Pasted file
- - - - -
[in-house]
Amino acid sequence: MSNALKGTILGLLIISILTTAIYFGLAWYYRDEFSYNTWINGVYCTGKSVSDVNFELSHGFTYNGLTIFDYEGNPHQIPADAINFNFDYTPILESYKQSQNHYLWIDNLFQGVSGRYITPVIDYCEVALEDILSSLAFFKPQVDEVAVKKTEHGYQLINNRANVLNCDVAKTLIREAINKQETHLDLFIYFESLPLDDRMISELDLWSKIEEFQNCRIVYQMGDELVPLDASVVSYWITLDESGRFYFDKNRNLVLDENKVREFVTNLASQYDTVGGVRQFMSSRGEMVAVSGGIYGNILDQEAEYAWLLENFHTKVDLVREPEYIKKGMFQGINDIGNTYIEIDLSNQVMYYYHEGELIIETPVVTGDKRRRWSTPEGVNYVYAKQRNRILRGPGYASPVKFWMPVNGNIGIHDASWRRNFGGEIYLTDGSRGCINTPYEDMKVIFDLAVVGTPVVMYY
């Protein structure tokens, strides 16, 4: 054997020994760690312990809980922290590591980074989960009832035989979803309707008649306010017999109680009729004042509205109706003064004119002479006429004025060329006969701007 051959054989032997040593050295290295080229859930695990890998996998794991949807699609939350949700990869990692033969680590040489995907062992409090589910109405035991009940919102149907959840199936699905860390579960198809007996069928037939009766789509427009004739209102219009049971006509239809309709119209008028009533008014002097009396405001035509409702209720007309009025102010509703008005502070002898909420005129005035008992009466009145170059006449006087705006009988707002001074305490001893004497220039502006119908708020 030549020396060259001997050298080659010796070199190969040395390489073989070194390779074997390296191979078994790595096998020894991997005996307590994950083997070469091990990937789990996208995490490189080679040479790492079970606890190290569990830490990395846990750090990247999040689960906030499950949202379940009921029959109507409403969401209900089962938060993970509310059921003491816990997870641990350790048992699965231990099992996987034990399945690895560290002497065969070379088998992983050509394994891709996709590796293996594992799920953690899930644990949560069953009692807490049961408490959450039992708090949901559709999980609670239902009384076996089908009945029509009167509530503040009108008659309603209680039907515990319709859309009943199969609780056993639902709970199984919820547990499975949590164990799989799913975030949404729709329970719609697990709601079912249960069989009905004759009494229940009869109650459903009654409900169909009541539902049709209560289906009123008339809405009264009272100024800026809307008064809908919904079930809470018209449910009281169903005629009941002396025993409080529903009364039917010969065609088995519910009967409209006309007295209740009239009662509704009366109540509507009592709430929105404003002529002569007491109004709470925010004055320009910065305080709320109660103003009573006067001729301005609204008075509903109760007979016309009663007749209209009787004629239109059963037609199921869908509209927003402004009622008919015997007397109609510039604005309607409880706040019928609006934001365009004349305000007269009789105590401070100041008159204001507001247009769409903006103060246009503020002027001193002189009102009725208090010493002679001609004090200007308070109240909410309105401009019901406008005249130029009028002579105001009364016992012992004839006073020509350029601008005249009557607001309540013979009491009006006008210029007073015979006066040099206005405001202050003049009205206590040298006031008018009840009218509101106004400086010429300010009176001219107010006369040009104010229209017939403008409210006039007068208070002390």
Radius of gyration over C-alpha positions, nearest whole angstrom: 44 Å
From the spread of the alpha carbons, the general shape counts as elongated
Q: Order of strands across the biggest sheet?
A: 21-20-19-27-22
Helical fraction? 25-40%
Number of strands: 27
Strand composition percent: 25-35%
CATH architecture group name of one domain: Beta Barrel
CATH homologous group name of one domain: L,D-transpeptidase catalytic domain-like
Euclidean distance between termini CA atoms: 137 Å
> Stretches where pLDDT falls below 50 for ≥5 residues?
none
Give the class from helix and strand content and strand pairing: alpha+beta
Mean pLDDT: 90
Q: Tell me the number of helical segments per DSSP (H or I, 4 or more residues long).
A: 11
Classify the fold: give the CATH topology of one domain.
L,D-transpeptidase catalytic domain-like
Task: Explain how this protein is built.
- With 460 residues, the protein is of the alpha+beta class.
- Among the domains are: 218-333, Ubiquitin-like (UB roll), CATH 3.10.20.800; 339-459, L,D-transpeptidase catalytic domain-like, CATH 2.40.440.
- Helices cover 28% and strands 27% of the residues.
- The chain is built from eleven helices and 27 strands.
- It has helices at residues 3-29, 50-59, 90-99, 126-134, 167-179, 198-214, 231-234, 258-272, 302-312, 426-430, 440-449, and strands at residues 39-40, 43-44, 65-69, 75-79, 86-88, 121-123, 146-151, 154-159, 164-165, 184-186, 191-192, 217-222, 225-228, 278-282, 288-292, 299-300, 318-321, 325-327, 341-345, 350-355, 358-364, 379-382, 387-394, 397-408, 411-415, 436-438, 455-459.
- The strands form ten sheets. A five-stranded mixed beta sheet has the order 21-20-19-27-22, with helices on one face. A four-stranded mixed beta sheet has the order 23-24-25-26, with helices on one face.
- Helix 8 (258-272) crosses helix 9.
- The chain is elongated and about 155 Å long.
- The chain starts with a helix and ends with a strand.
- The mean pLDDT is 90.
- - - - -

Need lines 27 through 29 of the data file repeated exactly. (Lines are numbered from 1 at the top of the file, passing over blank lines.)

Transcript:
- It has helices at residues 3-29, 50-59, 90-99, 126-134, 167-179, 198-214, 231-234, 258-272, 302-312, 426-430, 440-449, and strands at residues 39-40, 43-44, 65-69, 75-79, 86-88, 121-123, 146-151, 154-159, 164-165, 184-186, 191-192, 217-222, 225-228, 278-282, 288-292, 299-300, 318-321, 325-327, 341-345, 350-355, 358-364, 379-382, 387-394, 397-408, 411-415, 436-438, 455-459.
- The strands form ten sheets. A five-stranded mixed beta sheet has the order 21-20-19-27-22, with helices on one face. A four-stranded mixed beta sheet has the order 23-24-25-26, with helices on one face.
- Helix 8 (258-272) crosses helix 9.